Meanwhile, across the water, Shammi (Fahadh Faasil) has recently married Simmi (Grace Anthony) and moved in with her, her mother (Ambika Rao) and her sister Baby (Anna Ben). Shammi has a good job and Baby also works in a local hotel while their upmarket house is also used as a home-stay for tourists in the area. Although on the face of it this family seems the total opposite of Franky’s, there is something not quite right – first seen in Shammi’s adamant objection to the local kids playing football on ground outside the house. Fahadh Faasil is wonderfully creepy here, with considered arrogance and a scary smile that he keeps plastered on his face while he asks ever more intrusive questions to his wife and her sister. He’s the quintessential patriarchal male who wants to control everyone in the family and expects them to follow his rigid morality. There are so many small mannerisms that Fahadh Faasil adds that together make up the portrait of a not-very-nice man as he eavesdrops, spys on his guests and makes snide and demeaning comments at every opportune moment. One excellent demonstration is when he uses his razor to remove his wife’s bindi from the mirror in the bathroom showing his toxic masculinity at its most blatant with Shammi even calling himself the ‘complete man’ as he preens his moustache in the mirror. It’s a superb performance throughout and although Shammi isn’t onscreen much in the first half, he always leaves an impression.

Meanwhile, Bobby is in love with Simmi’s sister Baby, but the difference in their social status is huge, and the gap in their personal goals appears even more vast. Bobby is content to spend his days drinking and smoking, while Baby has a much more upwardly mobile mindset. However the romance is a realistic portrayal of a relationship trying to span the social divide and there are some beautifully written scenes here too.  Baby persuades Bobby to get a job, which he hates, but he’s determined to stick it out as the only way he’s ever likely to persuade her family to consent to their marriage. Shane Nigam and Anna Ben are delightful here with each perfectly complementing the other and reacting exactly as would be expected to each new problem. Initially Bobby asks his friend why would anyone buy a tea shop just to get tea, when Prasanth reveals he’s planning to marry his girlfriend Sumisha (Riya Saira), but when he falls in love with Bobby he gradually changes his point of view. Realistically, it’s not an instant change, but one that feels plausible given the development of their relationship. Sooraj Pops and Riya Saira provide the perfect contrast too since although Prasanth is just as job shy as Bobby, he has more get up and go, while Sumisha has the confidence Baby lacks.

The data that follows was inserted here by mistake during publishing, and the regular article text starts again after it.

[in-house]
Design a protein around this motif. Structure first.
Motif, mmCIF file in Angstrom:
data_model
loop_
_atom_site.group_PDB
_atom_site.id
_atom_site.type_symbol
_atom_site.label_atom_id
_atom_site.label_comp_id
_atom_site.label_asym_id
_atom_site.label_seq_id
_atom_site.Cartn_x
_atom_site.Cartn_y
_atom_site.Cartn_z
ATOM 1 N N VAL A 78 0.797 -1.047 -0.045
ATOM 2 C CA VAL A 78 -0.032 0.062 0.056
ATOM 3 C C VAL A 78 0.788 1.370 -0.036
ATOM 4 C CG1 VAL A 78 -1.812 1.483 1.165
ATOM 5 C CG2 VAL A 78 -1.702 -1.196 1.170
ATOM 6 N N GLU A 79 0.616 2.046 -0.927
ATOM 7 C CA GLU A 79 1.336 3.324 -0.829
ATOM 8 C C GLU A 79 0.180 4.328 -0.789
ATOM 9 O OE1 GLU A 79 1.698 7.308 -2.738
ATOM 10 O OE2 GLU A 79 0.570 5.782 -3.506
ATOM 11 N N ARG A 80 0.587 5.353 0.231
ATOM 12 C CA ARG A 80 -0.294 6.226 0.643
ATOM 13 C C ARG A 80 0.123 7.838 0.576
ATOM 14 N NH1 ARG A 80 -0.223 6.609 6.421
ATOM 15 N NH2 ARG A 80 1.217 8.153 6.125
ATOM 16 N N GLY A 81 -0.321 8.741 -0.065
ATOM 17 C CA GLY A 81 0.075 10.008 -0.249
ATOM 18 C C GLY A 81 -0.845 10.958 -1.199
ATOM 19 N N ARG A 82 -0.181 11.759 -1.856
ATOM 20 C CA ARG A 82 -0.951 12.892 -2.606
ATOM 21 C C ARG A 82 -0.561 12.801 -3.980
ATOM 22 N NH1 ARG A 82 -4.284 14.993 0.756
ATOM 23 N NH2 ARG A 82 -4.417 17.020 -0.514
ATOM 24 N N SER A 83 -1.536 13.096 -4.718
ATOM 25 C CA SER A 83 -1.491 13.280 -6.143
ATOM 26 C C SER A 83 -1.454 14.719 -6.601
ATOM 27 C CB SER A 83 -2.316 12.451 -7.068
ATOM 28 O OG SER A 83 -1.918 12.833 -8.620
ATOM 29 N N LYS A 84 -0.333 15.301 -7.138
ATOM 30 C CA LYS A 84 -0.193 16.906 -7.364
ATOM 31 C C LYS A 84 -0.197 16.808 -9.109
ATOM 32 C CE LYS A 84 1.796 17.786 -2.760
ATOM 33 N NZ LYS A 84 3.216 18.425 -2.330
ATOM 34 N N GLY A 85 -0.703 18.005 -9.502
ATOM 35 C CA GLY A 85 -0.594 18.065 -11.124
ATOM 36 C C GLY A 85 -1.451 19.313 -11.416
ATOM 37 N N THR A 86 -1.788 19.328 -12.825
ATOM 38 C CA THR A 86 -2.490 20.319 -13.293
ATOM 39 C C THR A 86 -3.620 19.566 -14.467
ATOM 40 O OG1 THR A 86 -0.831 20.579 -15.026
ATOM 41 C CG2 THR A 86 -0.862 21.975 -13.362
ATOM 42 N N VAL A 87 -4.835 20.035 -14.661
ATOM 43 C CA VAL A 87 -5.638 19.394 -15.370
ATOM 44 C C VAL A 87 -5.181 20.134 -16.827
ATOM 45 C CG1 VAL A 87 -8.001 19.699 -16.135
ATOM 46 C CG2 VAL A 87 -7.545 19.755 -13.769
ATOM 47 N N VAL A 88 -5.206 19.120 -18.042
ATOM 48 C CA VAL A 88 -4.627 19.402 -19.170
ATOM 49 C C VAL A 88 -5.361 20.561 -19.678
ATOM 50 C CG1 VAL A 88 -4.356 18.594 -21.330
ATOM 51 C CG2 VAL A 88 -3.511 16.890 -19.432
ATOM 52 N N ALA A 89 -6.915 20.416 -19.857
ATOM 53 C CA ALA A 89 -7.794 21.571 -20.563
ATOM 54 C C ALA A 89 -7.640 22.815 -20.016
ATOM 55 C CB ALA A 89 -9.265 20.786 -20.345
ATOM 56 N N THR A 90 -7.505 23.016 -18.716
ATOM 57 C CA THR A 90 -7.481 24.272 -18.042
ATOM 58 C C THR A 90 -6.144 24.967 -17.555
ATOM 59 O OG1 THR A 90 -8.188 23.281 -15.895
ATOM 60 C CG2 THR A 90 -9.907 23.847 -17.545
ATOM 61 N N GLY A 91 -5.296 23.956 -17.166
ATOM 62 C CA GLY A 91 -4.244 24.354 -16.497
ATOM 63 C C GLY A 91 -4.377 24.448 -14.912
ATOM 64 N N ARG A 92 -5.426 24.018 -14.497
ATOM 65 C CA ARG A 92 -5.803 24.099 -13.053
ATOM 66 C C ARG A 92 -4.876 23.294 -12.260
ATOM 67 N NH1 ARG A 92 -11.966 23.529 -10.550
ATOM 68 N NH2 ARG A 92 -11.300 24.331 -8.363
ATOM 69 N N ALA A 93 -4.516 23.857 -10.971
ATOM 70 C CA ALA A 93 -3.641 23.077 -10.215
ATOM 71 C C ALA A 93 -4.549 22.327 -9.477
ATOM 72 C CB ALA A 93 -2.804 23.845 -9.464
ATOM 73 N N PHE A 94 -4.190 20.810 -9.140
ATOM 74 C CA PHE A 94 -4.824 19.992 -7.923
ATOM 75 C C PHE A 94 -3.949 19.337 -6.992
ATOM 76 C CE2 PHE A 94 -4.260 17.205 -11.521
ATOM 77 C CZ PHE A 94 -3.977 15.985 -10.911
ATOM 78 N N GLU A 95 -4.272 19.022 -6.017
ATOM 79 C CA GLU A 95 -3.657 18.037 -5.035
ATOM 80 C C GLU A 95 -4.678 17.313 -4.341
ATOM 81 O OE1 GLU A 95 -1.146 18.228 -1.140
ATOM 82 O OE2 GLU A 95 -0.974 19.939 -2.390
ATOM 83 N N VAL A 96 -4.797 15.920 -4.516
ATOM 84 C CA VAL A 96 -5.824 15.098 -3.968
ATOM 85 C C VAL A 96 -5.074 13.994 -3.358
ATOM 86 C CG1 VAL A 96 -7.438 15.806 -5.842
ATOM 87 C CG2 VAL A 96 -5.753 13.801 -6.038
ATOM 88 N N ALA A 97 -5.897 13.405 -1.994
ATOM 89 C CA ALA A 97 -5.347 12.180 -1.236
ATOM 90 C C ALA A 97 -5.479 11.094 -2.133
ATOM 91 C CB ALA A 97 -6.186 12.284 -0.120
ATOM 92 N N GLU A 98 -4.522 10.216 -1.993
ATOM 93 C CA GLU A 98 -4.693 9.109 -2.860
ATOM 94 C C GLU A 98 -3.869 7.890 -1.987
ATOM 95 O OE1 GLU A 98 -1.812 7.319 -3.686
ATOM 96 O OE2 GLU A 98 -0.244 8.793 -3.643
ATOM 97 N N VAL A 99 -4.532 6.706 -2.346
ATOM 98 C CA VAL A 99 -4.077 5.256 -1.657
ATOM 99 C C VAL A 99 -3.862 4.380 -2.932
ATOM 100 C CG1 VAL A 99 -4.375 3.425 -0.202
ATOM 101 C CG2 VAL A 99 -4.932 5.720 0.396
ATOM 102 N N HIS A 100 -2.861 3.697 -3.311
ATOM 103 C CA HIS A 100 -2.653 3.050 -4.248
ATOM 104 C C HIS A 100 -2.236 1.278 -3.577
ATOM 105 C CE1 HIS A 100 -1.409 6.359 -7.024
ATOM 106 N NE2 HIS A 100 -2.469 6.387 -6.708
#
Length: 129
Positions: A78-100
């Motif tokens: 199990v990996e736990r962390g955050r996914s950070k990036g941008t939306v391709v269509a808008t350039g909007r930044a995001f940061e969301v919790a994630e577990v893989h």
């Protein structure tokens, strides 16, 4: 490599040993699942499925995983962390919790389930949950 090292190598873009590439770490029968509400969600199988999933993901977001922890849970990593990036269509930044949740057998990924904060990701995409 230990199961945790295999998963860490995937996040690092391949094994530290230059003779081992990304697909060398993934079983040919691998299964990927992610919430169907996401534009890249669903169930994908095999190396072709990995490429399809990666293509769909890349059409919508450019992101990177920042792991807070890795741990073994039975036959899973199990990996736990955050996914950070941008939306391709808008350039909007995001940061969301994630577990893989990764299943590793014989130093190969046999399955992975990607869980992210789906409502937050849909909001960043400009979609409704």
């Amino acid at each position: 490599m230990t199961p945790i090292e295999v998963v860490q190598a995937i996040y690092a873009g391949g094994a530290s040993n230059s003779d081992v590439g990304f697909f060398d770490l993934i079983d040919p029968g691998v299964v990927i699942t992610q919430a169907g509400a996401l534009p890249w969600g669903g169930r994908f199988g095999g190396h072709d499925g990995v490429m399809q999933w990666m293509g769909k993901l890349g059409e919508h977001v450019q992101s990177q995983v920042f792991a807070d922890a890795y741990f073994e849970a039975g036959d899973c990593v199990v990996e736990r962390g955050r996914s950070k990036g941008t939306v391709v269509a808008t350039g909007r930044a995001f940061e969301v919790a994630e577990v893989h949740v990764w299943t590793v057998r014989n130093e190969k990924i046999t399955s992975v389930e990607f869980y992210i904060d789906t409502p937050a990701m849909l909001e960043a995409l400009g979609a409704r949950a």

Syam Pushkaran wrote the screenplay, and as in Maheshinte Prathikaaram (the only other film of his I’ve seen ….so far!), he uses a mixture of comedy and drama to underpin a story that gets to the basic heart of a society and the social constructs that define what makes someone a good person. Saji is argumentative and hot-tempered, but does want the best for his family. When his friend Murugan (Ramesh Thilak) is killed, Saji takes in his widow and her young baby proving that is heart is in the right place, even if sometimes he forgets to listen to it. This is a beautifully nuanced performance by Soubin Shahir and there are moments of absolute brilliance as Saji has to come to terms with the consequences of his actions. So much is not said, but rather is shown by his mannerisms and the way he deals with every set-back and put down. Shane Nigam too does an excellent job with his role, and his Bobby is the quintessential slacker who realises he needs to change his ways or he will lose the woman he loves. The question is whether or not that’s a strong enough incentive, particularly since Bobby has no strong role model to follow.

My absolute favourite though is Grace Anthony as Simmi. There is a real gender divide in the film with the men generally failing to deal with the issues in their lives. The women on the other hand, just get on with things without any drama or fanfare. Simmi initially seems to be just another long-suffering and put upon wife but she has an inner strength and determination that finally breaks out towards the end of the film in a brilliantly written and performed scene. It’s this combination of normal routine life and small moments of drama that makes Kumbalangi Nights such an engrossing and relatable film. Although ultimately it’s the story of Franky’s family and their gradual transformation as different women enter their lives and help to turn them around, it’s also a study of ordinary human behaviour that will ring true for most of us. There is so much more I could write about almost every scene, but I don’t want to give away any more of the plot, so all I can do is advise everyone to go see the movie!

This is a beautifully told story and Shyju Khalid adds the finishing touches with good use of the camera to capture both the beauty and the ugliness in this small area of Kerala. Sushin Shyam’s music fits perfectly and every single member of the cast plays their role as if it was one they were born to fill. The only odd note comes at the end where the plot takes a sudden turn, but it’s still so well executed that even this doesn’t seem all that out of place. I loved this film and highly recommend watching Kumbalangi Nights for a simply great little slice of life in small town Kerala.